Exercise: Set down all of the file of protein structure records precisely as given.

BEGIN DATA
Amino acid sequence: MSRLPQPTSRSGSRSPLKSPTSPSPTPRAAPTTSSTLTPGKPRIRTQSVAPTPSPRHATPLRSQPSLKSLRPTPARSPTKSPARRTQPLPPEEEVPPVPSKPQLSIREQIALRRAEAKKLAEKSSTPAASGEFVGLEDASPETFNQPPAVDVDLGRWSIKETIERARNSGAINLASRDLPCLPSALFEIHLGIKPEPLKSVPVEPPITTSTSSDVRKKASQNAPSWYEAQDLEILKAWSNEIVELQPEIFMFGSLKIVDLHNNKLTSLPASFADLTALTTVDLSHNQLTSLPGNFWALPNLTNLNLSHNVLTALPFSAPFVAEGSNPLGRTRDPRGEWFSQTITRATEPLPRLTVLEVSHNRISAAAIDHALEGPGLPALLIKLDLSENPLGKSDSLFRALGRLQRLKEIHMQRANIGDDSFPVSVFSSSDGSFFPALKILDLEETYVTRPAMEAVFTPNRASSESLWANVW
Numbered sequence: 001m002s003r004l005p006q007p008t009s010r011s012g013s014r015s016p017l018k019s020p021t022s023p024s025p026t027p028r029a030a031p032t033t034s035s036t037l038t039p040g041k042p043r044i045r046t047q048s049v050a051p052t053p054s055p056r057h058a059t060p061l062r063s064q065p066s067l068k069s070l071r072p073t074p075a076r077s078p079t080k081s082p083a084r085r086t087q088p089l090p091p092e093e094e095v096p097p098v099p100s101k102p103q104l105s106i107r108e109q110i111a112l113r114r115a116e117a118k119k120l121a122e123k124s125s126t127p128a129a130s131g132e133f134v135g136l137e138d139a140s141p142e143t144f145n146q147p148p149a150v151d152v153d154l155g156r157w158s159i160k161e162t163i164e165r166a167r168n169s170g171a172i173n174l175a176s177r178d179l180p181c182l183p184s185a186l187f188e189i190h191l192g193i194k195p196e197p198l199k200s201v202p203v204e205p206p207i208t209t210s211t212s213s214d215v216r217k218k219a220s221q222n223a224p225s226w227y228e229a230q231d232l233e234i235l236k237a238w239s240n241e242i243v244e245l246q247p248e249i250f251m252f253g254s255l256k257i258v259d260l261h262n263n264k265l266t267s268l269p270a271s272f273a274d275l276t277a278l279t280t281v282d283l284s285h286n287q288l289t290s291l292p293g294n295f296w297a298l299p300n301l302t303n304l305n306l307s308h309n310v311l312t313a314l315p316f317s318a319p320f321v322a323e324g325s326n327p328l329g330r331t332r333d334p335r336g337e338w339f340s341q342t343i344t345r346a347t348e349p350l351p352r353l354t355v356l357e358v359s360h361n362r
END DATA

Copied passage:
Amino acid sequence: MSRLPQPTSRSGSRSPLKSPTSPSPTPRAAPTTSSTLTPGKPRIRTQSVAPTPSPRHATPLRSQPSLKSLRPTPARSPTKSPARRTQPLPPEEEVPPVPSKPQLSIREQIALRRAEAKKLAEKSSTPAASGEFVGLEDASPETFNQPPAVDVDLGRWSIKETIERARNSGAINLASRDLPCLPSALFEIHLGIKPEPLKSVPVEPPITTSTSSDVRKKASQNAPSWYEAQDLEILKAWSNEIVELQPEIFMFGSLKIVDLHNNKLTSLPASFADLTALTTVDLSHNQLTSLPGNFWALPNLTNLNLSHNVLTALPFSAPFVAEGSNPLGRTRDPRGEWFSQTITRATEPLPRLTVLEVSHNRISAAAIDHALEGPGLPALLIKLDLSENPLGKSDSLFRALGRLQRLKEIHMQRANIGDDSFPVSVFSSSDGSFFPALKILDLEETYVTRPAMEAVFTPNRASSESLWANVW
Numbered sequence: 001m002s003r004l005p006q007p008t009s010r011s012g013s014r015s016p017l018k019s020p021t022s023p024s025p026t027p028r029a030a031p032t033t034s035s036t037l038t039p040g041k042p043r044i045r046t047q048s049v050a051p052t053p054s055p056r057h058a059t060p061l062r063s064q065p066s067l068k069s070l071r072p073t074p075a076r077s078p079t080k081s082p083a084r085r086t087q088p089l090p091p092e093e094e095v096p097p098v099p100s101k102p103q104l105s106i107r108e109q110i111a112l113r114r115a116e117a118k119k120l121a122e123k124s125s126t127p128a129a130s131g132e133f134v135g136l137e138d139a140s141p142e143t144f145n146q147p148p149a150v151d152v153d154l155g156r157w158s159i160k161e162t163i164e165r166a167r168n169s170g171a172i173n174l175a176s177r178d179l180p181c182l183p184s185a186l187f188e189i190h191l192g193i194k195p196e197p198l199k200s201v202p203v204e205p206p207i208t209t210s211t212s213s214d215v216r217k218k219a220s221q222n223a224p225s226w227y228e229a230q231d232l233e234i235l236k237a238w239s240n241e242i243v244e245l246q247p248e249i250f251m252f253g254s255l256k257i258v259d260l261h262n263n264k265l266t267s268l269p270a271s272f273a274d275l276t277a278l279t280t281v282d283l284s285h286n287q288l289t290s291l292p293g294n295f296w297a298l299p300n301l302t303n304l305n306l307s308h309n310v311l312t313a314l315p316f317s318a319p320f321v322a323e324g325s326n327p328l329g330r331t332r333d334p335r336g337e338w339f340s341q342t343i344t345r346a347t348e349p350l351p352r353l354t355v356l357e358v359s360h361n362r